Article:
BURNING BRIDGES

Drone strikes shut down half of Saudi Arabia’s oil production on Saturday. Houthi rebels based in Yemen, who are known to be backed by Iran, took credit for the attacks.

But US and Saudi officials aren’t quite so sure. Secretary of State Mike Pompeo blamed Iran for the attacks, while US and Saudi officials are looking into the possibility of cruise missiles that originated in Iraq or Iran.

Repeat offenders

It wouldn’t be the first time Saudi oil fields have been the target of Houthi drone strikes. As recently as August, one of Saudi Arabia’s largest oil fields, Shabaya, was the target of 10 drones.

While that attack didn’t disrupt petroleum production, this one did. Saudi Arabia confirmed that it had shut down production operations amounting to a loss of more than 5.7B barrels per day, or around 5% of the world’s crude oil production.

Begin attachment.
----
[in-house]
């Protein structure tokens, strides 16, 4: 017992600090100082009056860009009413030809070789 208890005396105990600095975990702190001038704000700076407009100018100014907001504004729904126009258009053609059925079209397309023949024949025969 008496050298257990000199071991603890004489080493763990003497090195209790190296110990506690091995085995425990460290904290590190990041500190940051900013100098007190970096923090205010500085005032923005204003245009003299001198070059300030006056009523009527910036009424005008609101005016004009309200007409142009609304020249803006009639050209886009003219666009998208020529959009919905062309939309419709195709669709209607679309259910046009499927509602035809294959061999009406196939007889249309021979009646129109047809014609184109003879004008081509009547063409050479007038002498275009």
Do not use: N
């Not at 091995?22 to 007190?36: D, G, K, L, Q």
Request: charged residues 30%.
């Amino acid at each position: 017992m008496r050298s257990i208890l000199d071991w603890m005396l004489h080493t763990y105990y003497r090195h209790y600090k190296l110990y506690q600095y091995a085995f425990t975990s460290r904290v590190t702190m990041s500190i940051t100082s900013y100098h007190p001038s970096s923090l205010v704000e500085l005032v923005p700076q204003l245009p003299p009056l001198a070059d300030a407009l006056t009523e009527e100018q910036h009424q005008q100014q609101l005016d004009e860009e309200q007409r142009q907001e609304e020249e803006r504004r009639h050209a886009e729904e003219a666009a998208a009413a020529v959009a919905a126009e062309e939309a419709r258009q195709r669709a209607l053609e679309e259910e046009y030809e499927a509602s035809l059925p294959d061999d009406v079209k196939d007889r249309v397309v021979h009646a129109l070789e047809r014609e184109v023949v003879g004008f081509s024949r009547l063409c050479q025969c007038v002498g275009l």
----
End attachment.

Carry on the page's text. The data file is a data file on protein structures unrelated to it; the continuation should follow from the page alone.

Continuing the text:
That’s not good

Astute observation, Sherlock. However, the Saudi government says that black gold production will be back up and running at full capacity as soon as today. If for some reason that doesn’t happen, have no fear, the western world has oil reserves that it’s sitting on for moments just like these.

The bottom line …

Well, a shutdown of this scale hasn’t happened since 1990, when Iraq invaded Kuwait, so if the Saudis can’t get their sh*t together today, oil prices could rise anywhere from $5 to $10 per barrel. Increased fuel prices could also mean rising gas and heating bills as we head into the fall.

And income taken out of the honest workin’ man’s pockets could hurt the US economy, which has been bolstered by consumer spending …

 


IN OTHER NEWS

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  • The Sacklers might need a little something to take the edge off. Purdue Pharma has officially filed for bankruptcy, a move that was widely expected. If approved by a bankruptcy judge, the Sacklers would hand over control of the company to a trust controlled by states and municipalities which have brought more than 2k lawsuits against the OxyContin maker.